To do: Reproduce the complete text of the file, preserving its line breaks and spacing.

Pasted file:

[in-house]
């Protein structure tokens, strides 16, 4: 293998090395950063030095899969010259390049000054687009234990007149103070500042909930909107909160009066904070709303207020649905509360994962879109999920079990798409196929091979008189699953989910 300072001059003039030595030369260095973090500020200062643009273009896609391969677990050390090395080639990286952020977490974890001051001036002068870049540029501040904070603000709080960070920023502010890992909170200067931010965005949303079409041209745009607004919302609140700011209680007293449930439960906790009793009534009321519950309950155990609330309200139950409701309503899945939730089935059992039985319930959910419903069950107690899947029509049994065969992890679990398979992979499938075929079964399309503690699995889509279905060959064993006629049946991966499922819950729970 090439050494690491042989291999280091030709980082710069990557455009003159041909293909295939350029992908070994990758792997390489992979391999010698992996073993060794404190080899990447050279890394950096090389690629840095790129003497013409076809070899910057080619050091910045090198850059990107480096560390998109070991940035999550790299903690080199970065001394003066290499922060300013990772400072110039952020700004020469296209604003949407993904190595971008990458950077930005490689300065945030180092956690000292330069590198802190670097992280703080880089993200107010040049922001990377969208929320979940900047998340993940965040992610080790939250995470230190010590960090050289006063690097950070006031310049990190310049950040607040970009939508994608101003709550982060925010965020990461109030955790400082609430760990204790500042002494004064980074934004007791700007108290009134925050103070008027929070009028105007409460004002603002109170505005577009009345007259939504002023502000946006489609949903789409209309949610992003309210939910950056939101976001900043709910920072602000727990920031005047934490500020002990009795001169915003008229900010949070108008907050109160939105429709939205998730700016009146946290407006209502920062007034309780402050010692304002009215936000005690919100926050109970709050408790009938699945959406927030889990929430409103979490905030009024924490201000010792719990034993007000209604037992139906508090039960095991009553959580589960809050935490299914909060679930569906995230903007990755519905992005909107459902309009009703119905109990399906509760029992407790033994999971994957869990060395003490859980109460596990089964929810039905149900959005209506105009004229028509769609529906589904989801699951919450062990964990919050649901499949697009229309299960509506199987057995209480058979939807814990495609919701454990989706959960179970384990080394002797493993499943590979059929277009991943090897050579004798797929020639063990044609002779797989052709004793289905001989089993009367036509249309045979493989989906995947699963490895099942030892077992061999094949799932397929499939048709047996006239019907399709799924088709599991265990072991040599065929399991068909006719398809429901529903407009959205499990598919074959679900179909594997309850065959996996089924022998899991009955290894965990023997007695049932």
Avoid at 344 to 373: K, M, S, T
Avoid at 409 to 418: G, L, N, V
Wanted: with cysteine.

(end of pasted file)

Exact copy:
[in-house]
């Protein structure tokens, strides 16, 4: 293998090395950063030095899969010259390049000054687009234990007149103070500042909930909107909160009066904070709303207020649905509360994962879109999920079990798409196929091979008189699953989910 300072001059003039030595030369260095973090500020200062643009273009896609391969677990050390090395080639990286952020977490974890001051001036002068870049540029501040904070603000709080960070920023502010890992909170200067931010965005949303079409041209745009607004919302609140700011209680007293449930439960906790009793009534009321519950309950155990609330309200139950409701309503899945939730089935059992039985319930959910419903069950107690899947029509049994065969992890679990398979992979499938075929079964399309503690699995889509279905060959064993006629049946991966499922819950729970 090439050494690491042989291999280091030709980082710069990557455009003159041909293909295939350029992908070994990758792997390489992979391999010698992996073993060794404190080899990447050279890394950096090389690629840095790129003497013409076809070899910057080619050091910045090198850059990107480096560390998109070991940035999550790299903690080199970065001394003066290499922060300013990772400072110039952020700004020469296209604003949407993904190595971008990458950077930005490689300065945030180092956690000292330069590198802190670097992280703080880089993200107010040049922001990377969208929320979940900047998340993940965040992610080790939250995470230190010590960090050289006063690097950070006031310049990190310049950040607040970009939508994608101003709550982060925010965020990461109030955790400082609430760990204790500042002494004064980074934004007791700007108290009134925050103070008027929070009028105007409460004002603002109170505005577009009345007259939504002023502000946006489609949903789409209309949610992003309210939910950056939101976001900043709910920072602000727990920031005047934490500020002990009795001169915003008229900010949070108008907050109160939105429709939205998730700016009146946290407006209502920062007034309780402050010692304002009215936000005690919100926050109970709050408790009938699945959406927030889990929430409103979490905030009024924490201000010792719990034993007000209604037992139906508090039960095991009553959580589960809050935490299914909060679930569906995230903007990755519905992005909107459902309009009703119905109990399906509760029992407790033994999971994957869990060395003490859980109460596990089964929810039905149900959005209506105009004229028509769609529906589904989801699951919450062990964990919050649901499949697009229309299960509506199987057995209480058979939807814990495609919701454990989706959960179970384990080394002797493993499943590979059929277009991943090897050579004798797929020639063990044609002779797989052709004793289905001989089993009367036509249309045979493989989906995947699963490895099942030892077992061999094949799932397929499939048709047996006239019907399709799924088709599991265990072991040599065929399991068909006719398809429901529903407009959205499990598919074959679900179909594997309850065959996996089924022998899991009955290894965990023997007695049932």
Avoid at 344 to 373: K, M, S, T
Avoid at 409 to 418: G, L, N, V
Wanted: with cysteine.